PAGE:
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|From: The Art of Connection, Great Lakes Review, First Issue, October 2012|
|ANI: It would seem to me that this upcoming rust belt tour creates the opportunity for some social commentary in the landscape. Do you have some sort of a political sense when you’re painting landscapes? Everywhere in our environment, in the rust belt, is evidence of an economy gone wrong, a nation that used to produce but now outsources… There’s so much political relevance in a landscape like ours. Does that interest you at all as a focus, or do you try to find poetry in all different landscapes? What are you thinking when painting?
JIM: If you try too hard to comment or are thinking of the commentary, it can drown out the artistic value of what’s going on. But, as Adrienne Rich pointed out...if you internalize an awareness, a political or philosophical awareness, it can find effective expression through your work even without your making a deliberate attempt. If you reflect on things like politics and social inequity, that awareness will work its way into the painting integrally. And striving for responsive engagement wherever one finds oneself that's what I try for in painting, and that in itself is a kind of activism, a basic value.
I think my paintings at their best have a sort of existential drama going on between hope and despair, the struggle for meaning. Maybe that’s more basic than conveying political meaning, but to the extent that my paintings could also comment politically, I’d love that. But I have to trust that it will work its way into the process, rather than my setting out to do it.
ANI: Well, I guess I have a very broad idea of political. Not just news headlines. That was a really good sentence you said about the underlying existential questions in your work, and to me that has political resonance in and of itself. Even the way you approach a landscape, I think you’ve internalized it in that. For example, you’ve done pictures of the beautiful serene plains with the power lines, you know? Even the word power. It comes into mind when I look at it. And: look at how it transforms the landscape and look at how this land is not an end to itself but a means to our conveyance of power. It resonates whether you intend it or not. It’s not like you have to have a strategy. You were just awake and responding.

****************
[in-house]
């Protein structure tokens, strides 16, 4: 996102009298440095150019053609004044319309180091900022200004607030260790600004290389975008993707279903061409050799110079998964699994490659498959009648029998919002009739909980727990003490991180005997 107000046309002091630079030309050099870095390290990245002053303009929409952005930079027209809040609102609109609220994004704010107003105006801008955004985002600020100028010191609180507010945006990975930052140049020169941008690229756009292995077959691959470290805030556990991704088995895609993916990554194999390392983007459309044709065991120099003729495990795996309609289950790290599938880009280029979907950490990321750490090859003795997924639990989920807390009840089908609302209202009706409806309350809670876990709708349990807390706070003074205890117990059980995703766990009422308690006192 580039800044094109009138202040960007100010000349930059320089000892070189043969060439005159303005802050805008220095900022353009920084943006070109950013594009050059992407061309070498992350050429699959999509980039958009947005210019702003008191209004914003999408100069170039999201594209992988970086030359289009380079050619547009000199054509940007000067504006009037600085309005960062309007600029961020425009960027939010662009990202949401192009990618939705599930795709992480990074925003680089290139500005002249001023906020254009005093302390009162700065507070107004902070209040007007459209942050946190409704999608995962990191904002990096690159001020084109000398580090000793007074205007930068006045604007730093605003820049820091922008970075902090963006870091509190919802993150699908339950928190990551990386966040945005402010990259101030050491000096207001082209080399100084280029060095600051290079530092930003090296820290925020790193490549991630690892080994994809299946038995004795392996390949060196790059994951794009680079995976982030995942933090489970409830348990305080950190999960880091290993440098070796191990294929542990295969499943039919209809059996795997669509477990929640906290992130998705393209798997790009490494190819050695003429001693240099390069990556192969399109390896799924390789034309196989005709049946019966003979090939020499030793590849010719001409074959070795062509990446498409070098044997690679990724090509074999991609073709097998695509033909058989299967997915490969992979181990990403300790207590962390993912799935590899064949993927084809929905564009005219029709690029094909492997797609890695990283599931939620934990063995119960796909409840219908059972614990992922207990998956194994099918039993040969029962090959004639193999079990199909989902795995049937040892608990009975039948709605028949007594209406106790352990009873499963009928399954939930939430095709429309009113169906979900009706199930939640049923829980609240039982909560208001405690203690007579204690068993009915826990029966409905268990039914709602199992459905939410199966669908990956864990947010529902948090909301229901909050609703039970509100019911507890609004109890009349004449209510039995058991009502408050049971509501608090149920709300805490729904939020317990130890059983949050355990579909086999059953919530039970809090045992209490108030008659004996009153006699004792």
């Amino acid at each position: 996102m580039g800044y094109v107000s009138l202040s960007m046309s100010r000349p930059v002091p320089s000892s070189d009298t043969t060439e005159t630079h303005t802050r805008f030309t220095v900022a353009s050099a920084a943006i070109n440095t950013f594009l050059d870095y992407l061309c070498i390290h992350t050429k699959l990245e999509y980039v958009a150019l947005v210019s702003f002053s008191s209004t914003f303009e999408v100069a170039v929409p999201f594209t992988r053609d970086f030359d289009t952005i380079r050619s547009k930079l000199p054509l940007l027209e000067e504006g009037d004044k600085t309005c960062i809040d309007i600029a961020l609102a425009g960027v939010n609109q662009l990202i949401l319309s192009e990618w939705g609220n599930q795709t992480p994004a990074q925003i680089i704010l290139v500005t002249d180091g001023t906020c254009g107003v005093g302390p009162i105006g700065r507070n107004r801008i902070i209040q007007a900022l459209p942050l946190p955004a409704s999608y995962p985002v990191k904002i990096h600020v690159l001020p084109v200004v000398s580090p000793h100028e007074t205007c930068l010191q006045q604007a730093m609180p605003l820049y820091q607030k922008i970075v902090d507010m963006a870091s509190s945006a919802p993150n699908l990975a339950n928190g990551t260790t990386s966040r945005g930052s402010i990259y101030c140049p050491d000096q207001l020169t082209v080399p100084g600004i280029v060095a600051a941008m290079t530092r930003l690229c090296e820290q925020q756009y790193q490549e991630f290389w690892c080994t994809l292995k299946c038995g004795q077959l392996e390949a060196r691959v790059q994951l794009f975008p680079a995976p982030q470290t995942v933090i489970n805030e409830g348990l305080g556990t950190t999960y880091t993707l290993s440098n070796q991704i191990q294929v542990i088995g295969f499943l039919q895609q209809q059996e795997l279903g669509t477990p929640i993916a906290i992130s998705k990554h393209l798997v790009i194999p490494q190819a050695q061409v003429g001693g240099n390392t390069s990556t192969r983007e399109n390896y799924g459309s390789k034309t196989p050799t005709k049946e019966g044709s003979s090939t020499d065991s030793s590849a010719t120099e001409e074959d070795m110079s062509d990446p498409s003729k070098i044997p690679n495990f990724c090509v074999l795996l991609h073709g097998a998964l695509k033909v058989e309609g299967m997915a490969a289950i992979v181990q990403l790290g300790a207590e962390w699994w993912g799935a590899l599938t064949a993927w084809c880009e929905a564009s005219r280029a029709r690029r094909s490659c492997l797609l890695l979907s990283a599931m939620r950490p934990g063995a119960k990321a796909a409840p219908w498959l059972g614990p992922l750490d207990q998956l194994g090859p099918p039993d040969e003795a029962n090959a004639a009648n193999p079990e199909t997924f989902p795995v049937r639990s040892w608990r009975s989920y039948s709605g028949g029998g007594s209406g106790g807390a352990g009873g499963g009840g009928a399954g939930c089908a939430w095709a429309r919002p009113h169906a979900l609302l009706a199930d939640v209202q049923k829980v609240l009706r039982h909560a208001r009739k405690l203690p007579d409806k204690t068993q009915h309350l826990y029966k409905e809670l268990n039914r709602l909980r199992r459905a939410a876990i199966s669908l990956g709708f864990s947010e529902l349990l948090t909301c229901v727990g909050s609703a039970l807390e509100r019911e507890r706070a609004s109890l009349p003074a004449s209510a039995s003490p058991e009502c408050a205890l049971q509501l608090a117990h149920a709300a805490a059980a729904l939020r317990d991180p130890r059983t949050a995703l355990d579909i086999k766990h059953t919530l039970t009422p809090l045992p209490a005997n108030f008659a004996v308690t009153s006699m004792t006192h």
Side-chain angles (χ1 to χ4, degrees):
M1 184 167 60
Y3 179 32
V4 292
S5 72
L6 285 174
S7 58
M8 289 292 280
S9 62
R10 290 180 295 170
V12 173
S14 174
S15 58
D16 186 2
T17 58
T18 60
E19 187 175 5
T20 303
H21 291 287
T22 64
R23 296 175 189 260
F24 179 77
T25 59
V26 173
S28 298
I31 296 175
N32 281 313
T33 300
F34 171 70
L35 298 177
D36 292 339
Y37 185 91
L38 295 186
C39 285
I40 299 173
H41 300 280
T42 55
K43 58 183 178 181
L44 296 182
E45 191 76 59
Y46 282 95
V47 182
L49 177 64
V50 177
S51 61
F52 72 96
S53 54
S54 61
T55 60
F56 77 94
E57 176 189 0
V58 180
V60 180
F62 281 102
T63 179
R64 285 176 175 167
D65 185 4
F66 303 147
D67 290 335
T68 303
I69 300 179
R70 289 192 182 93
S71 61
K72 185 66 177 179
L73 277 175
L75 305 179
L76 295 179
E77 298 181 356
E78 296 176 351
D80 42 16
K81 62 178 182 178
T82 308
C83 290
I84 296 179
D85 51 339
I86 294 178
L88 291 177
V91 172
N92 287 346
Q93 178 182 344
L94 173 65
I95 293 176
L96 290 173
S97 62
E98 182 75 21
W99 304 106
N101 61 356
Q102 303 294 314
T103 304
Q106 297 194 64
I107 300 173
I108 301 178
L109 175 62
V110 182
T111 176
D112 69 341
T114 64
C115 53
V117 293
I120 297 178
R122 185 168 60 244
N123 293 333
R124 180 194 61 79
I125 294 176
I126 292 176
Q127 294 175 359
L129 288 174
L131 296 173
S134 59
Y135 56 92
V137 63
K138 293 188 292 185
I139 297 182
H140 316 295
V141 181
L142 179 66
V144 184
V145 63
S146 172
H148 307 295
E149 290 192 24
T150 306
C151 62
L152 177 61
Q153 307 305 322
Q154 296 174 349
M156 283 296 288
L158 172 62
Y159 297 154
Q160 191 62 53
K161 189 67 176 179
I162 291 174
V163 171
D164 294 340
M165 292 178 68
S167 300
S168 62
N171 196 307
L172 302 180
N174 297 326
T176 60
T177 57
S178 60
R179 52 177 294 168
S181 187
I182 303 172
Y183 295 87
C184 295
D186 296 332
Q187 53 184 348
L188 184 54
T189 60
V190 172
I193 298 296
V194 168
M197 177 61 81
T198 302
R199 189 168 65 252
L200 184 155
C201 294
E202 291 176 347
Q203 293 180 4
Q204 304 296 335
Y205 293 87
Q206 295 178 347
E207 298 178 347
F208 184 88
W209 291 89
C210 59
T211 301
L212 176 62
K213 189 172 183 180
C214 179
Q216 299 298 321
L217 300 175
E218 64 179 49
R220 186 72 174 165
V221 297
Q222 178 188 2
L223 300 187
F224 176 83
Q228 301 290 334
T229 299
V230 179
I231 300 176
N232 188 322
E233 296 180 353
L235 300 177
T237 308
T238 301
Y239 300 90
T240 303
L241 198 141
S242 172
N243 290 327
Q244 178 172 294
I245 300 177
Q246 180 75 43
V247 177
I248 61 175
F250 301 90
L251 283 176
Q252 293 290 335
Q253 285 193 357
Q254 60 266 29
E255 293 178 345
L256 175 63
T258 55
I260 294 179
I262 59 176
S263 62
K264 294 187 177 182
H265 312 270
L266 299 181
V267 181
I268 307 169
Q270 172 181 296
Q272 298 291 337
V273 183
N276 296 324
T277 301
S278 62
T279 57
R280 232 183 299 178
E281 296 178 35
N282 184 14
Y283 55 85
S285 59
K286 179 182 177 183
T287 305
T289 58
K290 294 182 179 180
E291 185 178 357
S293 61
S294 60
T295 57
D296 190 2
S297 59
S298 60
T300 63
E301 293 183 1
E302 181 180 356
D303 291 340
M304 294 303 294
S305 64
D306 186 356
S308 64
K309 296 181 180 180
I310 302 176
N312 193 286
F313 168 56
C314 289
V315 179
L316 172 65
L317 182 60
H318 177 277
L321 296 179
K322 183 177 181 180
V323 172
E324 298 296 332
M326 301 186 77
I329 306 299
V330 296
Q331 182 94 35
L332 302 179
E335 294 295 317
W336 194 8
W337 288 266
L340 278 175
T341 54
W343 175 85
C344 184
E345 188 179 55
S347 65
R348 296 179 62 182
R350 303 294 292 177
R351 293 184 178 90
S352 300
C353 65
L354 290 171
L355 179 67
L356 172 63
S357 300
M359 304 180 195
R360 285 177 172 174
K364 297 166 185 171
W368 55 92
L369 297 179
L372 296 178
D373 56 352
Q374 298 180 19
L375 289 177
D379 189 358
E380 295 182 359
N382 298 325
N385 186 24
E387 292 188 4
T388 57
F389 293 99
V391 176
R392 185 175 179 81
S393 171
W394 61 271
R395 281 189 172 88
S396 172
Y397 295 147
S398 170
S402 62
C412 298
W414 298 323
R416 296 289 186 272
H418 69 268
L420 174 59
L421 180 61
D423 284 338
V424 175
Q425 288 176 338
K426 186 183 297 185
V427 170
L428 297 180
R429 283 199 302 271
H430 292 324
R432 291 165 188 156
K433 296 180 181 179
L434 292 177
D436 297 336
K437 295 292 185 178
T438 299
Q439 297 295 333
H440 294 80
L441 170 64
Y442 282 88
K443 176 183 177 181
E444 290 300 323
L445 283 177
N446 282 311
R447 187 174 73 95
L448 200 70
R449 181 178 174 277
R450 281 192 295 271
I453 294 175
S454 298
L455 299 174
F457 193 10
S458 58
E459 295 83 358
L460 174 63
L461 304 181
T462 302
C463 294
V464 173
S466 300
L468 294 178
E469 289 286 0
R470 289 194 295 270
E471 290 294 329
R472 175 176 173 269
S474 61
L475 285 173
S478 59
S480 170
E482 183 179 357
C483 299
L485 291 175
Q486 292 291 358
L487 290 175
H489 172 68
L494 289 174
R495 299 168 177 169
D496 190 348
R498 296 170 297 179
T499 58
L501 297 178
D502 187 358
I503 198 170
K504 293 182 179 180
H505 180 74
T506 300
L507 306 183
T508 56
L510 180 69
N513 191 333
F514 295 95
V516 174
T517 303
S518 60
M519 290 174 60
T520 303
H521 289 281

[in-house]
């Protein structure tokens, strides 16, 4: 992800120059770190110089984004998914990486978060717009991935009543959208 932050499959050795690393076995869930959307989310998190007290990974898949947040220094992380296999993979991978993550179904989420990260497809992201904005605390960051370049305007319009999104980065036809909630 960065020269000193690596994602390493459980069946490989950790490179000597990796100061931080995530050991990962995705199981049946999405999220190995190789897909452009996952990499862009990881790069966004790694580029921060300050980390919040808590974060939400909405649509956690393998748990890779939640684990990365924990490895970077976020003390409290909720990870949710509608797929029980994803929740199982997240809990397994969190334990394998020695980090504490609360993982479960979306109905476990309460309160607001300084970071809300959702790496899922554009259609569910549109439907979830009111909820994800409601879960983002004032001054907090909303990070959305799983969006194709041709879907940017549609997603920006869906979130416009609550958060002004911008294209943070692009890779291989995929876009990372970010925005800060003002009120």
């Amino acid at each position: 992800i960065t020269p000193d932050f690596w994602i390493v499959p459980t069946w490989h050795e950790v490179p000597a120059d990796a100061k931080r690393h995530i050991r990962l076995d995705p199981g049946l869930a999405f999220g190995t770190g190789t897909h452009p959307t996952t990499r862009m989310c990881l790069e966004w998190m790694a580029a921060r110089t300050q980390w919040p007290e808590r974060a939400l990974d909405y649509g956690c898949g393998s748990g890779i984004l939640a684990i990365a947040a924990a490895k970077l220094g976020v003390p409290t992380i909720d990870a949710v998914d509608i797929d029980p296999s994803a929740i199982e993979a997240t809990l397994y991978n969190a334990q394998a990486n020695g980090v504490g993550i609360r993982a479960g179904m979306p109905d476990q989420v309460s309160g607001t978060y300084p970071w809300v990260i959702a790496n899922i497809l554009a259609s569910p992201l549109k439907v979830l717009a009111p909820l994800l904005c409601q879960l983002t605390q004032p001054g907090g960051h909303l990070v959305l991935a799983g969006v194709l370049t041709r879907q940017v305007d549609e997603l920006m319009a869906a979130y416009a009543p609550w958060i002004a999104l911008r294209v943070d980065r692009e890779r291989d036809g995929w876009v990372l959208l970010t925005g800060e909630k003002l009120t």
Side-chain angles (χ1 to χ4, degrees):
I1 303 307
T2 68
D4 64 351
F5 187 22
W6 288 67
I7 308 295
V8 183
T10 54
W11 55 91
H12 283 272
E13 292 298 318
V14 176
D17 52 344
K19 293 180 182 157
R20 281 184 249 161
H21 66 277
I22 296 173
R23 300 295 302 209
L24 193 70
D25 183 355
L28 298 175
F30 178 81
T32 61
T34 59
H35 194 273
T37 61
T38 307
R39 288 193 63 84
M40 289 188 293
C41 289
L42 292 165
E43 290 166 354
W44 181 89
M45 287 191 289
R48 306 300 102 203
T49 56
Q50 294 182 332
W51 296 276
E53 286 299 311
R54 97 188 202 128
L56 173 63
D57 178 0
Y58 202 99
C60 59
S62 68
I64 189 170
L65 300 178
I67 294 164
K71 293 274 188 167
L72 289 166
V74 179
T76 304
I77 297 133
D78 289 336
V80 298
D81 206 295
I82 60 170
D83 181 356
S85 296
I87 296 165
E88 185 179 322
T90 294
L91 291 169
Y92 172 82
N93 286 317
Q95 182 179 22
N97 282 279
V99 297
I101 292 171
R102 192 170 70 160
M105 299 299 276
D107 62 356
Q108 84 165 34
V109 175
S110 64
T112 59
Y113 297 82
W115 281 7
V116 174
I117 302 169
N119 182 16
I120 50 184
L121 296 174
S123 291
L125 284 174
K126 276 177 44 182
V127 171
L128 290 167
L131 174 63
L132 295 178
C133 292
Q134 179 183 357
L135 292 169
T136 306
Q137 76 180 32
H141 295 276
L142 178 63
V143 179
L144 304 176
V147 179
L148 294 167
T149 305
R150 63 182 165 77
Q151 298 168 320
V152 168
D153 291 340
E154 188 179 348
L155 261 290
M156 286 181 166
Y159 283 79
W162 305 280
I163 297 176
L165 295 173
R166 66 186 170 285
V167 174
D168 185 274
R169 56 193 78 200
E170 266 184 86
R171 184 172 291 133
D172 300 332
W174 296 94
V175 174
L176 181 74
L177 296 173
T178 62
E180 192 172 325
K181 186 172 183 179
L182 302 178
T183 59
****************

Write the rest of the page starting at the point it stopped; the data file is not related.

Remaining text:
JIM: Simply staying awake and responsive is primary for us as artists or citizens and it can be a challenge, it’s going against the trend of the mainstream culture. Ideally paintings reflect a depth of engagement, and ideally they don't just stand on their own but contribute to a community’s sense of awareness and understanding… and beauty too, a reflective sense of what we’re living for.
ANI: Yeah yeah painting as part of the dialogue, not an individual monologue. That’s what I’m trying to do through my work, be part of a dialogue.
JIM: The dialogue is the crucial thing. So many painters I know would like to be part of a conversation, but settle for what we’ve been told, which is that “you’re painting for yourself, you’re expressing yourself.” The public seems disengaged, anyway, so why bother. One of the reasons I forced myself to go out on the road was curiosity about this to find out how can I be a painter of little paintings and still be part of a bigger dialogue. That’s so important. How can I stand up for the relevance of this humble and contemplative pursuit in today’s world?
It's funny I always thought being private and withdrawn was the artist’s prerogative, maybe even a necessity. I liked keeping to myself. Then I noticed that everyone else was doing that, staying at home and watching TV, or on the computer. I figured I couldn’t complain about the decline of community spirit if I wasn’t making any effort to contribute. Also, it struck me that at times when the social fabric is breaking down, maybe artists need to take initiative in doing the opposite. I realize that's idealistic, but we are creative problem solvers. Maybe we can turn our creative thinking and connection-making to the world beyond the canvas.
ANI: ...That’s something I’ve been trying to communicate to people. The process of leaving your house and engaging with people and giving your energy to something bigger than yourself… And you do it to make yourself happier. Yes, you do it to make the world a better place, but trust me, you also make your world a better place. I think if people really knew that they might be more attracted to the hard work of it.
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Musical (and visual) artist Ani DiFranco's folksinger life provided key inspiration for the Itinerant Artist Project when I was developing the idea in the 1990s. And she was one of my hosts in Buffalo, NY, on my first art tour, in 2000. Check out her amazing work at RighteousBabe.com.
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